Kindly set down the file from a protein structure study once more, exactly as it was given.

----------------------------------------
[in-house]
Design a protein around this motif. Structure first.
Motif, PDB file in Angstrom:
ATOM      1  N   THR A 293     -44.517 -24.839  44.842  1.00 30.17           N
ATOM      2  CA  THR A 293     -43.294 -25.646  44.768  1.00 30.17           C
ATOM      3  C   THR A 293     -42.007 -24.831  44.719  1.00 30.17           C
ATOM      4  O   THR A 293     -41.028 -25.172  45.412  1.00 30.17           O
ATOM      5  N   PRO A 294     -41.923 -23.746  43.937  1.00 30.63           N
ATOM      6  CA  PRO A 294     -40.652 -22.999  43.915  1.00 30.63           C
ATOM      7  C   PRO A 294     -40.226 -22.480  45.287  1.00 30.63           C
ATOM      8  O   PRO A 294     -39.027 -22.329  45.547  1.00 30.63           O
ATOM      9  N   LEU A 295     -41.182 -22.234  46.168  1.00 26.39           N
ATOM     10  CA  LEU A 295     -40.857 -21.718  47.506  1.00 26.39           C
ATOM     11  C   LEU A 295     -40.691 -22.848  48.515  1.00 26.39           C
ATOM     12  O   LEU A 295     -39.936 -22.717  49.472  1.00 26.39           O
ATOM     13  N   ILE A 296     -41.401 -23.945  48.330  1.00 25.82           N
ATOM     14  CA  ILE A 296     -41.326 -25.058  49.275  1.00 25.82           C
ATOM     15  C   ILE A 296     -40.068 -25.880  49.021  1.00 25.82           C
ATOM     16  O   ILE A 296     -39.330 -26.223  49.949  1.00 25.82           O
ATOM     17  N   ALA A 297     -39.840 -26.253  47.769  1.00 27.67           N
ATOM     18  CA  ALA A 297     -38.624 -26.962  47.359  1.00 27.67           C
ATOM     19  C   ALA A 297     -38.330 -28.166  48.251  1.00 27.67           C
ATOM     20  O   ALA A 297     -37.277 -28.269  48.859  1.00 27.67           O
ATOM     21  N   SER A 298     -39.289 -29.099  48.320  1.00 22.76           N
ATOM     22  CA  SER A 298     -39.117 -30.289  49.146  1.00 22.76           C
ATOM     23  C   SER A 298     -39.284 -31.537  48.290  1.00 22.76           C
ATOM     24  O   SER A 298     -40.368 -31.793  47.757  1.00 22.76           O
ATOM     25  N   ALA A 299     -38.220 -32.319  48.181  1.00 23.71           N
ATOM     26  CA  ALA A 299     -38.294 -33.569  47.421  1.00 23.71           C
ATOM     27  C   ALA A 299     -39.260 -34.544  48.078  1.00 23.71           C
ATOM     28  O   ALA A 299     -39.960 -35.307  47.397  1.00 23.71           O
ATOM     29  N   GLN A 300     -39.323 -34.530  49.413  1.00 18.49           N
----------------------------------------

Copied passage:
[in-house]
Design a protein around this motif. Structure first.
Motif, PDB file in Angstrom:
ATOM      1  N   THR A 293     -44.517 -24.839  44.842  1.00 30.17           N
ATOM      2  CA  THR A 293     -43.294 -25.646  44.768  1.00 30.17           C
ATOM      3  C   THR A 293     -42.007 -24.831  44.719  1.00 30.17           C
ATOM      4  O   THR A 293     -41.028 -25.172  45.412  1.00 30.17           O
ATOM      5  N   PRO A 294     -41.923 -23.746  43.937  1.00 30.63           N
ATOM      6  CA  PRO A 294     -40.652 -22.999  43.915  1.00 30.63           C
ATOM      7  C   PRO A 294     -40.226 -22.480  45.287  1.00 30.63           C
ATOM      8  O   PRO A 294     -39.027 -22.329  45.547  1.00 30.63           O
ATOM      9  N   LEU A 295     -41.182 -22.234  46.168  1.00 26.39           N
ATOM     10  CA  LEU A 295     -40.857 -21.718  47.506  1.00 26.39           C
ATOM     11  C   LEU A 295     -40.691 -22.848  48.515  1.00 26.39           C
ATOM     12  O   LEU A 295     -39.936 -22.717  49.472  1.00 26.39           O
ATOM     13  N   ILE A 296     -41.401 -23.945  48.330  1.00 25.82           N
ATOM     14  CA  ILE A 296     -41.326 -25.058  49.275  1.00 25.82           C
ATOM     15  C   ILE A 296     -40.068 -25.880  49.021  1.00 25.82           C
ATOM     16  O   ILE A 296     -39.330 -26.223  49.949  1.00 25.82           O
ATOM     17  N   ALA A 297     -39.840 -26.253  47.769  1.00 27.67           N
ATOM     18  CA  ALA A 297     -38.624 -26.962  47.359  1.00 27.67           C
ATOM     19  C   ALA A 297     -38.330 -28.166  48.251  1.00 27.67           C
ATOM     20  O   ALA A 297     -37.277 -28.269  48.859  1.00 27.67           O
ATOM     21  N   SER A 298     -39.289 -29.099  48.320  1.00 22.76           N
ATOM     22  CA  SER A 298     -39.117 -30.289  49.146  1.00 22.76           C
ATOM     23  C   SER A 298     -39.284 -31.537  48.290  1.00 22.76           C
ATOM     24  O   SER A 298     -40.368 -31.793  47.757  1.00 22.76           O
ATOM     25  N   ALA A 299     -38.220 -32.319  48.181  1.00 23.71           N
ATOM     26  CA  ALA A 299     -38.294 -33.569  47.421  1.00 23.71           C
ATOM     27  C   ALA A 299     -39.260 -34.544  48.078  1.00 23.71           C
ATOM     28  O   ALA A 299     -39.960 -35.307  47.397  1.00 23.71           O
ATOM     29  N   GLN A 300     -39.323 -34.530  49.413  1.00 18.49           N